Crash and burn

Night before last was the heights of ecstasy, the depths of despair, and this morning I need to start cleaning up after the party/riot. Digitally speaking, it looks like a disaster area. All the pis are shut down; what exists is running on the back-up hardware.

By TozZ, via Commons.Wikimedia.Org

For weeks, now, I have been trying to get [O] running behind the [O] reverse-proxy.

YunoHost is a hosting administration tool. It automates the installation and maintenance of a range web services and applications, including single-sign-on across many of them. It even includes a fully-functioning e-mail server stack, and server, by default. And all of it at best-practices security.

Which would make the life of a lowly amateur sysadmin very much easier, if it could be convinced to play nice in the sandbox with the already-existing collection of web applications and services.

But, most importantly of all, YunoHost successfully (although it takes a loooooong time) installs Mastodon on the Raspberry Pi. This is not a trivial accomplishment. After manually installing Mastodon successfully once, I was unable to actually connect to it with a browser to test. And this has become a major goal: to get a service online as part of the family of web sites.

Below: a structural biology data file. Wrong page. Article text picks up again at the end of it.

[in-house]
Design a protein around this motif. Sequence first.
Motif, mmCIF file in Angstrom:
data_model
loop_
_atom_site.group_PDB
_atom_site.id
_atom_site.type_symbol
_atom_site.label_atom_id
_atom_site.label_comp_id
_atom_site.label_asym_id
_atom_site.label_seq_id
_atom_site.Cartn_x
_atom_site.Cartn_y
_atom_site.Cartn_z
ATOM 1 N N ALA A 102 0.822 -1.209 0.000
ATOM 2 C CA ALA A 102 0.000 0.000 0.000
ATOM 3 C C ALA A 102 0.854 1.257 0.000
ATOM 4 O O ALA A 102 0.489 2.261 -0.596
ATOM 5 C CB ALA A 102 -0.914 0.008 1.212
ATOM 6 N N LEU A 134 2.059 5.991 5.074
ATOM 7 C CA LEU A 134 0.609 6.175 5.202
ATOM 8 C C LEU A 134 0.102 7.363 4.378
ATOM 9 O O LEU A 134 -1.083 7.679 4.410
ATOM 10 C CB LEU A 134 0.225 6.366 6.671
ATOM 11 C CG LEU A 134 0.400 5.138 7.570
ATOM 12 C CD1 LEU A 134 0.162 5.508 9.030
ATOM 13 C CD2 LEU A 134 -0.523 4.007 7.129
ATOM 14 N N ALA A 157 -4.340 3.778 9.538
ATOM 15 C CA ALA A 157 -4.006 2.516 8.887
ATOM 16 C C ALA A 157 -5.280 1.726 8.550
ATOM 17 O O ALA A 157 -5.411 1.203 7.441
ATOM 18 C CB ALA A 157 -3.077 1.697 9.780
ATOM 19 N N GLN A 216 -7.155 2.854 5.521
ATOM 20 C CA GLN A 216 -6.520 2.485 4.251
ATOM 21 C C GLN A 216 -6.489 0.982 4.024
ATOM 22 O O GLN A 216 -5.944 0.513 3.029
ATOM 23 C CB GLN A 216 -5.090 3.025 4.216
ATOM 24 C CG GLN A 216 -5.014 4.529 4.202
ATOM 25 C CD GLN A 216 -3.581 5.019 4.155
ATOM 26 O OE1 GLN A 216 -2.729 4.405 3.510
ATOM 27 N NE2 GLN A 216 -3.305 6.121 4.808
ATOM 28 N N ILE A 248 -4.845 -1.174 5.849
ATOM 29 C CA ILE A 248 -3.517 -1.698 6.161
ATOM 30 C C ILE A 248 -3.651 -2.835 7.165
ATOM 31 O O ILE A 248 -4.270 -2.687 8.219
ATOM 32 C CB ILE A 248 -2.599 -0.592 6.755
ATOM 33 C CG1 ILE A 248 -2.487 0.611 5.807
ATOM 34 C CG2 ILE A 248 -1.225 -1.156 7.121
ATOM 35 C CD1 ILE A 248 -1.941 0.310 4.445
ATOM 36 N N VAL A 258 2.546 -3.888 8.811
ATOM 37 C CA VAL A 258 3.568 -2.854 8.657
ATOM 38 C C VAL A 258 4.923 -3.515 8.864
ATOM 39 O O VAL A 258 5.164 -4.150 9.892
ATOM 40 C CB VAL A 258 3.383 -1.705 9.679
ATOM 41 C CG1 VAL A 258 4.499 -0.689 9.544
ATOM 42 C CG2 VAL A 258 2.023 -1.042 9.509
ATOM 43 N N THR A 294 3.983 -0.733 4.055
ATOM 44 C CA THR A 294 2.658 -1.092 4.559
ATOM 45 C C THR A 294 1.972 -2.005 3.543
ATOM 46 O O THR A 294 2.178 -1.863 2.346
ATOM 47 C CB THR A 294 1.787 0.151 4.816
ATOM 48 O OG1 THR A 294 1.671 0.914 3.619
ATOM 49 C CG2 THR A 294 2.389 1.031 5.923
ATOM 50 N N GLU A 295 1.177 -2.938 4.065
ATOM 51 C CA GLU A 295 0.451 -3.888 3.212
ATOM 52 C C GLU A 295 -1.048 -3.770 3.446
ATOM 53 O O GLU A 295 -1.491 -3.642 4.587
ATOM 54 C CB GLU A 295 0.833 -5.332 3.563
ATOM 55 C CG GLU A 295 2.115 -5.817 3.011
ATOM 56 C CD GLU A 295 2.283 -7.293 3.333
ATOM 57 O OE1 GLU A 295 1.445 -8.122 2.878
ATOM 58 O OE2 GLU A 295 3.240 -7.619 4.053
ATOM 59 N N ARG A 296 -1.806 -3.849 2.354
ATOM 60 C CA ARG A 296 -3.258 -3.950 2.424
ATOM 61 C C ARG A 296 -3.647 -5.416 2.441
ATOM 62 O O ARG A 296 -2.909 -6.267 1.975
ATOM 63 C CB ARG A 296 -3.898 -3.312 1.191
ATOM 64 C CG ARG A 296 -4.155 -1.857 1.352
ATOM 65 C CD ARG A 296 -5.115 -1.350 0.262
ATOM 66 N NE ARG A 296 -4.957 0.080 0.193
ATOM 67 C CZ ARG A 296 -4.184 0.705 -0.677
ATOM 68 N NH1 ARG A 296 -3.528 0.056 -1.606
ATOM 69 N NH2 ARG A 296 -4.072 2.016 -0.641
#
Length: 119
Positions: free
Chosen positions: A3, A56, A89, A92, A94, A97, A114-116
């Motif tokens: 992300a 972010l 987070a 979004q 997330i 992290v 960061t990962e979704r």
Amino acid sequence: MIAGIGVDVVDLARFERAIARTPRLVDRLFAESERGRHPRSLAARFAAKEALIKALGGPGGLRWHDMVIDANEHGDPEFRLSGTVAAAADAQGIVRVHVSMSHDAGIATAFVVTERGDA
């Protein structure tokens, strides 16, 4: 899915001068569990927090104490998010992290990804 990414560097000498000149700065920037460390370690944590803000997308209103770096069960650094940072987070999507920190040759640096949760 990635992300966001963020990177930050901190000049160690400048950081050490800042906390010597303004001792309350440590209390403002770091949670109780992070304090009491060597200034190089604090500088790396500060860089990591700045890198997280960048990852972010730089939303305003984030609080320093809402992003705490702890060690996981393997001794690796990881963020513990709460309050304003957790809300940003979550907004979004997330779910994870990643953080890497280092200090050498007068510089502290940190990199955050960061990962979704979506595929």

So, with all these motivators, I was super pleased when I was finally able to connect to a new installation of YunoHost. I thought I had it transiting the reverse proxy without installing additional security certificates. The SSO page was fine, the first application (a webmail app) worked fine.

When I went to log in to Mastodon for the first time, browser blocked the site for a security error.

And it blocked every other site, even those utterly uninvolved in the YunoHost installation.

The only point in common was the Nginx reverse-proxy. Making direct connection to the previous server, which has been operating flawlessly behind the reverse-proxy, did not result in the browser block. So, as it was late at night and I was questioning my decision-making, I decided to fall back on the old server, and shut everything else down.

A few quick configuration file changes, and it was done. The old hardware was back in its rôle as sole device. The other machines were manually powered off. And I went to bed.

Now I have a wee bit of work ahead of me.